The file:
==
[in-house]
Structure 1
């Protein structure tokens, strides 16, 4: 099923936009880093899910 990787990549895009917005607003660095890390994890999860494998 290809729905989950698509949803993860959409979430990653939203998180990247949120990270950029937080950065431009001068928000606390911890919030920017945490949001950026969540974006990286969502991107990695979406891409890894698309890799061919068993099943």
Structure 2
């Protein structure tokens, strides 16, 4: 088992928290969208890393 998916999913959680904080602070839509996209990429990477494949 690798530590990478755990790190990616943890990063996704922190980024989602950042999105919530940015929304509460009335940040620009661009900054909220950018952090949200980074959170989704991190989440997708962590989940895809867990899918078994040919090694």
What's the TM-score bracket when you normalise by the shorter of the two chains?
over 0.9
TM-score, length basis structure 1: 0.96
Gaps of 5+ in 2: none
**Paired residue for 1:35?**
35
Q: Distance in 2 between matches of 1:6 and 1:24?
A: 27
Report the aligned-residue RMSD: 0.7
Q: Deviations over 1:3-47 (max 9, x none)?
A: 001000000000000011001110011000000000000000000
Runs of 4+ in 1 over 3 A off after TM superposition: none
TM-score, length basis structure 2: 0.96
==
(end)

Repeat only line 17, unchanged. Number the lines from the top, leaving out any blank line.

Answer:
Runs of 4+ in 1 over 3 A off after TM superposition: none